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Topic: Wizard of Oz art yarn -- a lot of yarn = a lot of pictures  (Read 8848 times)
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calluna
« on: November 16, 2011 05:45:26 PM »

At last, my Wizard of Oz yarn. It’s gigantic; I don't know what the yardage is, yet, but before I started plying and dividing everything into two separate skeins there was at least 1300y spun up for this project, not including all the yardage of commercial yarns that are also in it.



Details below the many pics. I promise I won't be such a bandwidth hog again for a long time.  Wink

(rainbow i-cord, with the yarn spun from fiber ptarmic wumpus dyed for me.)

(The spiral where the Yellow Brick Road begins is at the bottom)






There are also tufts of orange and red fiber sticking out from the section where they're in the Wizard's chambers, representing the flames



The initial idea struck me in the middle of the night, and the details started flooding in, so it had to be done, whether I wanted to do it or not! The concept was to spin a skein of yarn that followed the course of the Wizard of Oz movie, start to finish, in colors, themes, textures, etc.  So in theory, a very fast yarnie could put the movie on and start working on the starting end of the skein, and whatever is going on in the movie would be reflected in the yarn they’re working with. I can’t think of any film that is so easily identified and understood by its color schemes, well enough for most people to recognize. There’s an almost instinctual association with Dorothy when we see blue and white gingham and red sequins, for instance.

I’m not a big Oz-o-phile, but I studied the movie intensively for about a month (including its cultural impact, which interests me more than the film itself), and with a large, sturdy paper I created a notebook of colors, patterns, scene progressions, and ideas for possible add-ins and yarns/fibers to use.
When I knew what I wanted to do with each section, I drew a map of the layout of the yarn so I could work on different sections as I saw fit and connect them later on in the right order.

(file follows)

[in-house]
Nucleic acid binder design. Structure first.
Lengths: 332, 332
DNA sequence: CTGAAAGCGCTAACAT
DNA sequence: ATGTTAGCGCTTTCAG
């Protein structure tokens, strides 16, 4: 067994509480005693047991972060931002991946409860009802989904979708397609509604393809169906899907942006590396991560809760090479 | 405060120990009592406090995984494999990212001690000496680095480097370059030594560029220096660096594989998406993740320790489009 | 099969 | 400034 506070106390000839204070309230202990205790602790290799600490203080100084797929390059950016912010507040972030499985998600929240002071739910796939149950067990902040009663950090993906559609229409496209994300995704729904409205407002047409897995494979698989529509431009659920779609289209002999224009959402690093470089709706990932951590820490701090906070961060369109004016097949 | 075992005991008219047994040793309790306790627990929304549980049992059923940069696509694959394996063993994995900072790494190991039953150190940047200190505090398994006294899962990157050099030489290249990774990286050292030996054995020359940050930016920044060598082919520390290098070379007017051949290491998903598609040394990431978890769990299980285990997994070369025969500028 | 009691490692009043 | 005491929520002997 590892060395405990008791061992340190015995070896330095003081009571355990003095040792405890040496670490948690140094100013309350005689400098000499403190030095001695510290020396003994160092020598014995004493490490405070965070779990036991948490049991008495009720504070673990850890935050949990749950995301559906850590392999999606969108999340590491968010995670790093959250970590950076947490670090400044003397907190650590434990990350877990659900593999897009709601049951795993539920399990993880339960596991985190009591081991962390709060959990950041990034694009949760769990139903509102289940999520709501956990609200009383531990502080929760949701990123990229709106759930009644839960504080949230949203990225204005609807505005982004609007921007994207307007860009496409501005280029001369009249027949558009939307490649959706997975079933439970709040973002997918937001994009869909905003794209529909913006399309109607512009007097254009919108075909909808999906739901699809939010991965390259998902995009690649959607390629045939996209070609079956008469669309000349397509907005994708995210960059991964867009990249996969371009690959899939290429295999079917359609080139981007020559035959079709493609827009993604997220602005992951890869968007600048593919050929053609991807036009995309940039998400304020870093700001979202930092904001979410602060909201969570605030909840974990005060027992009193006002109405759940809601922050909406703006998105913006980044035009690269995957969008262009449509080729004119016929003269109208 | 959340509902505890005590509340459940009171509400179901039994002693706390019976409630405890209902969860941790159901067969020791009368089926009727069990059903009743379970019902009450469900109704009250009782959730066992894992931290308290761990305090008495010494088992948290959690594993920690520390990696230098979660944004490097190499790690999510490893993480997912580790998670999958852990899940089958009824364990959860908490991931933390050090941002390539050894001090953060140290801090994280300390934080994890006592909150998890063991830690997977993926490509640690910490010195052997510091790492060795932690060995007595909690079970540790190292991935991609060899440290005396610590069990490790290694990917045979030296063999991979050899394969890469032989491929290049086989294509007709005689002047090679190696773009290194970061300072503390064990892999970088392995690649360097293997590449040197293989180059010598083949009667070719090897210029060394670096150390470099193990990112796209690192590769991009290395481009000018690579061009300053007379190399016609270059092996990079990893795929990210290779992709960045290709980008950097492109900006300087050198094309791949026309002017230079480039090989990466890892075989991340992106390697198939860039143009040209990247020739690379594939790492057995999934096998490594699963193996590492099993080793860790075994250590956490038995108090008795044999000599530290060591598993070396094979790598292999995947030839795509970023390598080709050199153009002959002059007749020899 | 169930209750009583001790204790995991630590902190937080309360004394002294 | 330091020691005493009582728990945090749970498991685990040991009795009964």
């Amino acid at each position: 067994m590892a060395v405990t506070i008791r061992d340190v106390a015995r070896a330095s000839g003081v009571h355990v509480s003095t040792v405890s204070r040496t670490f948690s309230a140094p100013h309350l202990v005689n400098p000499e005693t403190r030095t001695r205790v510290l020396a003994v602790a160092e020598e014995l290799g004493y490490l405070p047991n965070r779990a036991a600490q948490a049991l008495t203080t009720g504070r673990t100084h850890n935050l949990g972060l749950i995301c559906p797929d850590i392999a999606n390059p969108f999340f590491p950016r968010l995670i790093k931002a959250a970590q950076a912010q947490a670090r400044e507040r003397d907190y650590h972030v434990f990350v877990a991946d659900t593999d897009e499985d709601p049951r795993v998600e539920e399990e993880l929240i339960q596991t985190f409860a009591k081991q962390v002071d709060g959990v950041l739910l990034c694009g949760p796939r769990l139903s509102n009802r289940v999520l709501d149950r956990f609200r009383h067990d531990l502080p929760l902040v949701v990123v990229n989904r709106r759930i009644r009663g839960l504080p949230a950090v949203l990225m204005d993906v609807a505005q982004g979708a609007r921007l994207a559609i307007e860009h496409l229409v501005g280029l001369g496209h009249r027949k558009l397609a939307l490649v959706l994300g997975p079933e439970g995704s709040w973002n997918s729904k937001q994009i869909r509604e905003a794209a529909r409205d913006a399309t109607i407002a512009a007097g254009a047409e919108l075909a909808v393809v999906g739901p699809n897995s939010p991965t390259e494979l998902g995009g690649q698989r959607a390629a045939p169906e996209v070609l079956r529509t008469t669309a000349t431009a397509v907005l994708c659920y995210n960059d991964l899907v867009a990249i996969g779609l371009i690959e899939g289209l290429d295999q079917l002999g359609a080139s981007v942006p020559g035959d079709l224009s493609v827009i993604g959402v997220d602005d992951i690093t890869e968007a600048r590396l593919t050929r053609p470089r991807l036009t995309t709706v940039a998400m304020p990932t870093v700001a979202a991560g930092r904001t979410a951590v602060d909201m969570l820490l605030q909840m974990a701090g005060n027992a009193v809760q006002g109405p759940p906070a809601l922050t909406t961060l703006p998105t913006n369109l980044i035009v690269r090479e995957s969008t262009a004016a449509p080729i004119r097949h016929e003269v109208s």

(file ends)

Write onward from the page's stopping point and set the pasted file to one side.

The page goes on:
Then came the process of gathering the materials from near and far. Dyed batts that Ravelry members were destashing. Angelina fiber for the ruby slippers, but firestar fiber for the Emerald City, to have the right kind of sparkle for each. Pink tulle for Glinda’s skirt. Curly, golden locks for the Cowardly Lion. Raffia to serve as the Scarecrow’s straw. Metallic gray fiber for the Tin Man (the best answer to this need, after an extensive search, was mulberry silk). Lots and lots of carding, thanks to the LYS welcoming me to hang out and drum-card the days away. The carding was my favorite part of everything. I made yellow bricks for the Yellow Brick Road by just chopping apart a new block of yellow Sculpey and poking a hole through the middle of each chunk.  Smiley There are so many tiny details; most don't show up in the photos.

The big challenge was what to do for Munchkinland, since there’s such a hodgepodge of color and activity in those scenes. I was pretty happy with the batts I carded for that section, but had to add a lot of things after my initial spinning.


Some scenes and characters became represented by buttons and beads from my stash; i.e., there are 3 pink buttons for the dancers in The Lullaby League, followed by an orange button, a green button, and a blue button for the Lollipop Guild. The marvelous amydice crocheted some elements for me in the OTT Wizard of Oz swap:


Some early ideas which didn’t end up happening: a brown fun-fur yarn to represent Toto, metallic wire star garland representing Glinda’s crown, and a tiny death proclamation from the Munchkinland coroner. There simply wasn’t enough room to include every idea I had without it becoming extremely cluttered, and I was out of money to invest any more in the project.

Then there were the many, many hours with my drop spindle. Some of the components, in their early stages:
This Pigeonroof Studio fiber became the base for Kansas:
This  fiber from Funky Carolina became the Scarecrow (upper right in the following picture).